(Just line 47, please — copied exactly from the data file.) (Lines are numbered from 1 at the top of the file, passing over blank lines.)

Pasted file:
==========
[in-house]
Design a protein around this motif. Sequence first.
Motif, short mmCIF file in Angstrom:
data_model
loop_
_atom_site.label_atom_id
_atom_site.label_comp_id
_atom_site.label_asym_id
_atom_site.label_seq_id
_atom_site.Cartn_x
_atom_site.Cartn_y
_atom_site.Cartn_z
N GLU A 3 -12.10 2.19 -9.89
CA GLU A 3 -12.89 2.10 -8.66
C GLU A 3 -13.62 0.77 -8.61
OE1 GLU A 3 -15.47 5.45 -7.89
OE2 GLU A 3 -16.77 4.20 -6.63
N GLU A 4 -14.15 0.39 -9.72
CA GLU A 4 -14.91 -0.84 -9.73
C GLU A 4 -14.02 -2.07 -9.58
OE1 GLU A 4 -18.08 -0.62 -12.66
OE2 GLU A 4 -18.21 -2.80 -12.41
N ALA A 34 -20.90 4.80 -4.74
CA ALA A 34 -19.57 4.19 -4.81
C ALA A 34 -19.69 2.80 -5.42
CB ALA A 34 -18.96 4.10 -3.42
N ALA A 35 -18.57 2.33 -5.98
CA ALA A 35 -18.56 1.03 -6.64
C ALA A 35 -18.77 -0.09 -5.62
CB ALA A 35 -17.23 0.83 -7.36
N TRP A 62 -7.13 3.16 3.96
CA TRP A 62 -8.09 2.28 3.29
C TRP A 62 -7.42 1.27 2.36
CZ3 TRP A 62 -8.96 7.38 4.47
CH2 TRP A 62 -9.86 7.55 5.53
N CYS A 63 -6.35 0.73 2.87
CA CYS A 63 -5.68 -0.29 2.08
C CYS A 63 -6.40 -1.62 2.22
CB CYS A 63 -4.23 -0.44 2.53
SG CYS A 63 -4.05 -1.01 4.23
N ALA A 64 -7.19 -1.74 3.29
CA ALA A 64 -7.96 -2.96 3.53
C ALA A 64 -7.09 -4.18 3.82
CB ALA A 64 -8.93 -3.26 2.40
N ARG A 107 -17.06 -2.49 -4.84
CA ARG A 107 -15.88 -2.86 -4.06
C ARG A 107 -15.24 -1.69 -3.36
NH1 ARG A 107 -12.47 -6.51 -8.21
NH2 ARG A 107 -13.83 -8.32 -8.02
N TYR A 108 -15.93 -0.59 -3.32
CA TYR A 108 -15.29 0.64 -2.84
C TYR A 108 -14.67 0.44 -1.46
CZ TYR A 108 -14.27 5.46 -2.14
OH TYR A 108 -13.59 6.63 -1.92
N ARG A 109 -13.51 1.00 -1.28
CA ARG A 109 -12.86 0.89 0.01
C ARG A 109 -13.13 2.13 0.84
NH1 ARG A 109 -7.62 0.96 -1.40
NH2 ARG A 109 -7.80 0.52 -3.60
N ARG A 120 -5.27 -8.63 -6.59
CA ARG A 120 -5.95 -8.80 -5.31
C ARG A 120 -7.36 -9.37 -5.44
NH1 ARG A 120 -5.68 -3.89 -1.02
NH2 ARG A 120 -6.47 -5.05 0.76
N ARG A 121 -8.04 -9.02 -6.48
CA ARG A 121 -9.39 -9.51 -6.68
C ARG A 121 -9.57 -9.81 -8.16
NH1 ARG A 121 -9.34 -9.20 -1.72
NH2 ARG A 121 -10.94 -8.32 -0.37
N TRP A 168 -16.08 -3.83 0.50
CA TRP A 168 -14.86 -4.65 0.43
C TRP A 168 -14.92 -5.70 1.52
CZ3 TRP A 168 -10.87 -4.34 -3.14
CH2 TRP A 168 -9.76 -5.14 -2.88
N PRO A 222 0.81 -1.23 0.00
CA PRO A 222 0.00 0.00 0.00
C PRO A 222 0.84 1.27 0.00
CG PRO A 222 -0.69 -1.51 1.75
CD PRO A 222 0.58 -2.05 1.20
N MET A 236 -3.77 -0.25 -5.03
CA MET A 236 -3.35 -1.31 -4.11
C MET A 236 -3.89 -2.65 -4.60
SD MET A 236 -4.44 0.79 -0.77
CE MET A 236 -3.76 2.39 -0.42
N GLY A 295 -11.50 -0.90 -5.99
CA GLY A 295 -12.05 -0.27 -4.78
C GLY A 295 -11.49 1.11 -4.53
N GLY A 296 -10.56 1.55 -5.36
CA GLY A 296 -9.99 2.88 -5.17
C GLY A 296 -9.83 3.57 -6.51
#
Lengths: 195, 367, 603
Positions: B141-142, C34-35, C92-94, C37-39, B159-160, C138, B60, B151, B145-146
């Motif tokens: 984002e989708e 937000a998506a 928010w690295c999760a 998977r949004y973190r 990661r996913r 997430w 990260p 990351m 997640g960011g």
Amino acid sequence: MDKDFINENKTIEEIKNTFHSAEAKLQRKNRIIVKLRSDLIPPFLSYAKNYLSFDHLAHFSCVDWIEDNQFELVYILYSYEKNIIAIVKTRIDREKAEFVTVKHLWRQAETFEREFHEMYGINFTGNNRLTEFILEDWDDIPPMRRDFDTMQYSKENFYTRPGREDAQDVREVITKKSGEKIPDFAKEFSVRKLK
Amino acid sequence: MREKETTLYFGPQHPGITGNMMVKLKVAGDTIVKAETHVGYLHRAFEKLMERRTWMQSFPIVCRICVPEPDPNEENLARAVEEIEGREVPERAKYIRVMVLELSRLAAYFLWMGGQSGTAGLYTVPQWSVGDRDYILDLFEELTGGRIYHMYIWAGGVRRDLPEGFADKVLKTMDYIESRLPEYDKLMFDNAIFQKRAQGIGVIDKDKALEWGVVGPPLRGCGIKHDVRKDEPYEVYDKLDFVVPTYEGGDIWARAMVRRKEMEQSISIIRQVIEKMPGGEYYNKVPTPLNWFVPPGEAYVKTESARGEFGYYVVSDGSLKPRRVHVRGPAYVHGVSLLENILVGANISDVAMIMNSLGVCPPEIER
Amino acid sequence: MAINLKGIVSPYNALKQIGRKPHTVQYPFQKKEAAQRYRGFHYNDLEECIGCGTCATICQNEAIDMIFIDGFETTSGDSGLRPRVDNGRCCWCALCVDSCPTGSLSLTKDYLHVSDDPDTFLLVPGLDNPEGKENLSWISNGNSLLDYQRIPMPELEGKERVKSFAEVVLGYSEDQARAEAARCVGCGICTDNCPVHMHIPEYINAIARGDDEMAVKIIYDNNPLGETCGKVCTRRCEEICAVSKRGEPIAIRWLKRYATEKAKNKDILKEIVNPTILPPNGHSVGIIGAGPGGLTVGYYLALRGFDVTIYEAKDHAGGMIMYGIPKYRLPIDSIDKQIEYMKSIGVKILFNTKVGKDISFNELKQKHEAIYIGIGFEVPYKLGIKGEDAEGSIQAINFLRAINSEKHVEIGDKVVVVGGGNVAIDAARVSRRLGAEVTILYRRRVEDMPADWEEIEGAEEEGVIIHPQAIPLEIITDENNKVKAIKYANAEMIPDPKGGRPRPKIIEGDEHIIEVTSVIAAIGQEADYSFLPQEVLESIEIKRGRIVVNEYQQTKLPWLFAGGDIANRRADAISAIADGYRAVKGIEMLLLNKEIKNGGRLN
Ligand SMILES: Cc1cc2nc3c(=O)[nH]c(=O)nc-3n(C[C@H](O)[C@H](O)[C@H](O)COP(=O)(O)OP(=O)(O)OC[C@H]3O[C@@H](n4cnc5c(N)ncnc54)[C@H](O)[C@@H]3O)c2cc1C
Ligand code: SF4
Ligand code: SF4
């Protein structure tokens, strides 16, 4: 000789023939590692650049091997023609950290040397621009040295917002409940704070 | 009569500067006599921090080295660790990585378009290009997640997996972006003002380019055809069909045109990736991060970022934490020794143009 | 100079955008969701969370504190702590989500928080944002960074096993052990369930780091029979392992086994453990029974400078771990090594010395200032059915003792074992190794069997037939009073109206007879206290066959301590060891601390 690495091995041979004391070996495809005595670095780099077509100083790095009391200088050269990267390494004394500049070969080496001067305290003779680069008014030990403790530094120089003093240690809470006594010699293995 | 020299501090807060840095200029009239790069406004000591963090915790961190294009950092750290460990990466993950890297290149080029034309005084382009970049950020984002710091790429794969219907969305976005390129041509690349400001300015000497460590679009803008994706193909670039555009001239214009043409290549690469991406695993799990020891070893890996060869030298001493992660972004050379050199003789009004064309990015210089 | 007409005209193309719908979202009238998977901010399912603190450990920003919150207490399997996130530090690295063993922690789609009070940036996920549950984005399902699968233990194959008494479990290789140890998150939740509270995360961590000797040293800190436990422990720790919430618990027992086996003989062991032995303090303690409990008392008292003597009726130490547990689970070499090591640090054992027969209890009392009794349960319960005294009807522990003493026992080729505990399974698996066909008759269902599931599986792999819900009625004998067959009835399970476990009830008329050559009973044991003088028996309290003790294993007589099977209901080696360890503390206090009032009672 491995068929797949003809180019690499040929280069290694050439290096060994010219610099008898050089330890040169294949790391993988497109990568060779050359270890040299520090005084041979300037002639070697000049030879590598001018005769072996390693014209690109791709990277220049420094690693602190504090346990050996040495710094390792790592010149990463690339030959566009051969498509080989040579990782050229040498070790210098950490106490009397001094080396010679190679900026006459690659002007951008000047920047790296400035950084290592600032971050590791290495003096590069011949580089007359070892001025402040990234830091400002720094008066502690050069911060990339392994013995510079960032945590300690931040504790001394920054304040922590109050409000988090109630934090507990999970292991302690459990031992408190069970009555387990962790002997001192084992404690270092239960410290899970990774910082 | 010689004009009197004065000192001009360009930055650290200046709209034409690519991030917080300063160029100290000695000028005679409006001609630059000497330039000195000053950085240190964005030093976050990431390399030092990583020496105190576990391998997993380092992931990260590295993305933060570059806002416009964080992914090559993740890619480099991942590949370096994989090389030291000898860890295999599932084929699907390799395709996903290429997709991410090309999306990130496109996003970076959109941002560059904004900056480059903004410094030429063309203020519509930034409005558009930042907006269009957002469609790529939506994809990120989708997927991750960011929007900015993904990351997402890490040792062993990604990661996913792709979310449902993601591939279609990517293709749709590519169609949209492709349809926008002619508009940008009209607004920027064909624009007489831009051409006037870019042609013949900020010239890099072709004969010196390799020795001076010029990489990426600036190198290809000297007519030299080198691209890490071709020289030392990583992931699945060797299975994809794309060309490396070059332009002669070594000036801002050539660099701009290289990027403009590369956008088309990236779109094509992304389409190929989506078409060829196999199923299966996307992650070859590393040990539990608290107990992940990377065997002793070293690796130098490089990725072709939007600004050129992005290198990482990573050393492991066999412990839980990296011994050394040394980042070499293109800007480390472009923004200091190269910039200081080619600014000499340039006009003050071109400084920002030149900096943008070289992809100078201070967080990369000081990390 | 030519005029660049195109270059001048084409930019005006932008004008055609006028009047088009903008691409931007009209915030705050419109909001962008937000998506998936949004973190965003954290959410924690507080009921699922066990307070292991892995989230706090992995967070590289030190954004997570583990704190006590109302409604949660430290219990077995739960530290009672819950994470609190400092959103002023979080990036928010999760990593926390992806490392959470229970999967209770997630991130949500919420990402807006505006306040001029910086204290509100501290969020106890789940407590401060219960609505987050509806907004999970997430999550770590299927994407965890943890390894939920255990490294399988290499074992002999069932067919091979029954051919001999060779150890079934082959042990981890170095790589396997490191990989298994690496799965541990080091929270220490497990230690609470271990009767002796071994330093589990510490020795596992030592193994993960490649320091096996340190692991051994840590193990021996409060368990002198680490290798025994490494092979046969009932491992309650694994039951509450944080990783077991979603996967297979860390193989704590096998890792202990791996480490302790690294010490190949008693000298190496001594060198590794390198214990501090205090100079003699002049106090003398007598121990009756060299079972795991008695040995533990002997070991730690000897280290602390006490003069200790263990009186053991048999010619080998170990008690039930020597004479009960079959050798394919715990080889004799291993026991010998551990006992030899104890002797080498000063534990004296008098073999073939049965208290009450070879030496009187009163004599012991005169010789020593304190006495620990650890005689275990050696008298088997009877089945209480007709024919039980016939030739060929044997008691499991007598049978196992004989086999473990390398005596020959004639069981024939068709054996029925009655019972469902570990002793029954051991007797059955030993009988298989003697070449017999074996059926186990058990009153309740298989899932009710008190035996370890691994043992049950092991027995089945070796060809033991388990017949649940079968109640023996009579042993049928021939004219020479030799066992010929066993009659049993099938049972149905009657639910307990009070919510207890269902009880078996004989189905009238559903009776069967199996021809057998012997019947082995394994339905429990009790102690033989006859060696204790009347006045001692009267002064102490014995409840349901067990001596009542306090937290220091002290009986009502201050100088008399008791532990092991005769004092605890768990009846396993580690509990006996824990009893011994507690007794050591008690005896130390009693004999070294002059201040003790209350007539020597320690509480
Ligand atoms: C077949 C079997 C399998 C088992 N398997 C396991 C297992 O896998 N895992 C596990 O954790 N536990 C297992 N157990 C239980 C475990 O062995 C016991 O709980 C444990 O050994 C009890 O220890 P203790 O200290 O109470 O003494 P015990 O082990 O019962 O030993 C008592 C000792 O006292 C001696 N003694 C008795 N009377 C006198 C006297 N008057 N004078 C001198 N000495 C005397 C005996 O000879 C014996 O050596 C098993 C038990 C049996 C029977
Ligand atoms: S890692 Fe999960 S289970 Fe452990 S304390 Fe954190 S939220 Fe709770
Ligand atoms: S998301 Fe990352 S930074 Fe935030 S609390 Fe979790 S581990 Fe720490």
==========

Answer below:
C ARG A 107 -15.24 -1.69 -3.36